LO-IV-102H The white dots over the southwest wall of Ukert are flaws in the Lunar Orbiter on-board development. 26-km Ukert M is the circular enclosure touching the right margin. Immediately above Ukert is 21-km Ukert B with the deeper 9-km Ukert A above that. The 6-km crater in the lower left is Pallas N.
- See the Clementine photo and George Tarsoudis' Earth-based view for the peculiarly triangular shape of Ukert's floor.
- Lunar Orbiter 3's oblique north-northeast looking image 085 shows nearby Murchison and distant Ukert during local morning light.
- Apollo 12's oblique north-looking Hasselblad AS12-52-7726 shows Ukert near the horizon. This photograph also shows Chladni (near the frame's lower left corner), and Triesnecker (near the frame's upper margin).
- Apollo 15's oblique southward looking Fairchild camera frame AS15-M-2573 shows Ukert near the central part of the curved horizon.
- Apollo 17's oblique southward looking Fairchild camera frame AS17-M-1675 also shows Ukert near the central part of the curved horizon (compare with Apollo 15's frame AS15-M-2573, which shows no shadows at all).
- Research Lunar Orbiter and Apollo photography: Danny Caes
(IAU Directions) UKERT.--This bright crater, 14 miles in diameter, situated in the region N.W. of Triesnecker, is surrounded by a very complicated arrangement of mountains; and on the N. and E. is flanked by other enclosures. It has a distinct central mountain. Its most noteworthy feature is the great valley, more than 80 miles long, which extends from N.W. to S.E. on the W. side of it. This gorge is at least six miles in breadth, of great depth, and is only comparable in magnitude with the well-known valley which cuts through the Alps, E. of Plato. A delicate cleft, not very clearly traceable as a whole, begins near its N. end, and terminates amid the ramifications of the Apennines S. of Marco Polo.
- Depth data from Kurt Fisher database
- Westfall, 2000: 2.8 km
- Viscardy, 1985: 2.8 km
The Lunar V
- A pair of ridges to the east of Ukert produce a prominent bright V-shape along the terminator at sunrise. The center of the "V" is at about 2.2°E/8.3°N. This optical effect can be seen along the left edge of Consolidated Lunar Atlas plate D10, although not yet fully formed at a local sun angle of +0.1°. The "V" is best seen as a sunlit pattern surrounded by darkness when the local sun angle is about +1.0°. It can still be seen, but no longer surrounded by darkness, in Plate D10 where the sun angle is +5.3°. This optical effect should not be confused with Ukert V, a 3-km diameter IAU-named crater in the east arm of the optical "V". The 26-km crater inside the apex of the "V" (somewhat larger than Ukert itself) is Ukert M.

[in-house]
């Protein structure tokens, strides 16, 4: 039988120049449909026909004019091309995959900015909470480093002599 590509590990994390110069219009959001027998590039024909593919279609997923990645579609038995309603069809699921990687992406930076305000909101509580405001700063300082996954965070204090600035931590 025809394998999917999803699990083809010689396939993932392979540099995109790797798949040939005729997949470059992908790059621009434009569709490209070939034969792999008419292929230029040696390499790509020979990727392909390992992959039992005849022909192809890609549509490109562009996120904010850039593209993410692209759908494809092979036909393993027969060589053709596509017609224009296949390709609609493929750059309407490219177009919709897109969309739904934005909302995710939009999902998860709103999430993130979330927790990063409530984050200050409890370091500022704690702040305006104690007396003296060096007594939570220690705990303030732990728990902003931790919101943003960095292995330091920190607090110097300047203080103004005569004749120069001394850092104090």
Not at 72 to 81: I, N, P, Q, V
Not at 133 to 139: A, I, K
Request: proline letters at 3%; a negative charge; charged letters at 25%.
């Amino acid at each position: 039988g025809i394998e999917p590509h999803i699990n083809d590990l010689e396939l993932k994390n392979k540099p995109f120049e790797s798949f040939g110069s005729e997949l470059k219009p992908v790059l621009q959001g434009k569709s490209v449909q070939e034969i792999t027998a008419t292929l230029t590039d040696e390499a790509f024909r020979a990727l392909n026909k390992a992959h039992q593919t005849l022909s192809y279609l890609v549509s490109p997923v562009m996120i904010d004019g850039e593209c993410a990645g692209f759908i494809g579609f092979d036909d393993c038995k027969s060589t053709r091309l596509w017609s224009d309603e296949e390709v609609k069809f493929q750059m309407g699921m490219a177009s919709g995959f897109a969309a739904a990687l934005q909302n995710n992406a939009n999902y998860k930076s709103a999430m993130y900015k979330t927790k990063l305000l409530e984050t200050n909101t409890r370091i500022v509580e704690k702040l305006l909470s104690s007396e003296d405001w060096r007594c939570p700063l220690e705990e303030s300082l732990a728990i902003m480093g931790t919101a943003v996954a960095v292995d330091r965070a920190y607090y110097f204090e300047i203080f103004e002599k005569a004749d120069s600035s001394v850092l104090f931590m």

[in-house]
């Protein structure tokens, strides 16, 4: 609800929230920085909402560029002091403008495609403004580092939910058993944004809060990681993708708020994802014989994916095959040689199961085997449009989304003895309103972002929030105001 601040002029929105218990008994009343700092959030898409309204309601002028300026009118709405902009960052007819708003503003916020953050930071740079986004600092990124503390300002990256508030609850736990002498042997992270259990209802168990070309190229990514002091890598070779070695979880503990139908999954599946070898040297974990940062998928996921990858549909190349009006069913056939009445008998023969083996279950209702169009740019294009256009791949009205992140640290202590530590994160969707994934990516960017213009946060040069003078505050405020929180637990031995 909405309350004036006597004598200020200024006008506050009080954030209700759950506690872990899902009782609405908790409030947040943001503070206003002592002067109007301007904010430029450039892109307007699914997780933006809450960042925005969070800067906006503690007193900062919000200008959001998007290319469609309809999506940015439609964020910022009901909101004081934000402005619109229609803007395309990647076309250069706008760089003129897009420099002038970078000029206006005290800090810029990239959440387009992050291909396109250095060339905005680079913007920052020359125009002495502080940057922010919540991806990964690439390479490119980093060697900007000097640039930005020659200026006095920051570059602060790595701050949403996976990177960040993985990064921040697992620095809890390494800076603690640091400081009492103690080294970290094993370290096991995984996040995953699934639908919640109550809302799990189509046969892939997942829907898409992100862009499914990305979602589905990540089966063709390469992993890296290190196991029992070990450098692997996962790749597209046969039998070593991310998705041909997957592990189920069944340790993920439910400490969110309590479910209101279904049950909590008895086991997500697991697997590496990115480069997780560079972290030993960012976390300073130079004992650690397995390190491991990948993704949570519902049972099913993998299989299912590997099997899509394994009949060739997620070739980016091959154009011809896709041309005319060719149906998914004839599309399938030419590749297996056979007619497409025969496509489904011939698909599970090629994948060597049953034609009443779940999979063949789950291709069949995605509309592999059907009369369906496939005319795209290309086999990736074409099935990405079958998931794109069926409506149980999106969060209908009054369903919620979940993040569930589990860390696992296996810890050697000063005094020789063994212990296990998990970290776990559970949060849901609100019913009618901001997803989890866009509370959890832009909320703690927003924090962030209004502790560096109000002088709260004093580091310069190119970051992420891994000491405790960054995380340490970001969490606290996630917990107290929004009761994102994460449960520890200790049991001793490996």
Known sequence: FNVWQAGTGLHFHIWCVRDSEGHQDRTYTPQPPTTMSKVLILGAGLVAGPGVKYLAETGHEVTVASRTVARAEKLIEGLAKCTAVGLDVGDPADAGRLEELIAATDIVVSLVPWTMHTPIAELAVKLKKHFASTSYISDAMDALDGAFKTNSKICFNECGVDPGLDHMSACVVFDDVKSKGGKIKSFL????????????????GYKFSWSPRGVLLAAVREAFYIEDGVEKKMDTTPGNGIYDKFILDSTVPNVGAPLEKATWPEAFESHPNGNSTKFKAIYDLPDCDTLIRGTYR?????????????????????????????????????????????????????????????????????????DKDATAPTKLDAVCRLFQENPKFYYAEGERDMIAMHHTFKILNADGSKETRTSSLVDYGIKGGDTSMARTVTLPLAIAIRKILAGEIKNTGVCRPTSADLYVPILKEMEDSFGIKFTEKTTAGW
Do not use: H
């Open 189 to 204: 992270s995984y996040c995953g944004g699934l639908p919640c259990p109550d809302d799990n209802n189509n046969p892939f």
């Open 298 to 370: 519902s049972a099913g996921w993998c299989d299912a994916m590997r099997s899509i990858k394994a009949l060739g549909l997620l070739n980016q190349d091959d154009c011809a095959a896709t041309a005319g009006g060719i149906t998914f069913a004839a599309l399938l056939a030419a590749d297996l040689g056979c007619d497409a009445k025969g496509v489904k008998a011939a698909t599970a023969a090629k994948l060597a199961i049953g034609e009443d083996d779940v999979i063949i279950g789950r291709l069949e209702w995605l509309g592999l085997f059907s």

- When the sun's latitude is near the Moon's equator, the Ukert "V" becomes prominent at nearly the same time as the Lunar X. When the Sun is at its maximum latitude north of the equator, the "V" is prominent before the "X" is clear; while the reverse is true when the Sun is south of the equator. The hills around Ukert do not form any striking pattern at sunset, although Ewen Whitaker thinks they may have been depicted as a patch of brightness lingering in the darkness beyond the waning terminator in one of the first engravings of the Moon published by Galileo Galilei (the one Whitaker calls "E4" -- see Whitaker, 1978).
- An interesting photograph of both the Lunar X and the Lunar V (on the First Quarter Moon) was printed in T.W. Webb's Celestial Objects for Common Telescopes (Volume 1: The Solar System). It's between pages 102 and 103 (the F.Q.-moon photographed at the Lick observatory, Mount Hamilton, California). Research Danny Caes
- Named for Friedrich August Ukert (October 28, 1780-May 18, 1851), a German history scholar, teacher and humanitarian.
- The valley southwest of Ukert, with Ukert D in it (which is part of the Imbrium radial sculpture) is unofficially called Vallis Ukert by D.Caes.
- Lunar V, see description above.
Saturday the 10th of December 2016 is a date to remember, because the ASTRONOMY PICTURE OF the DAY (APOD) shows the well-known LUNAR X at Purbach, but... not only that, because in the text below the image the LUNAR V near Ukert is also mentioned! - DannyCaes Dec 10, 2016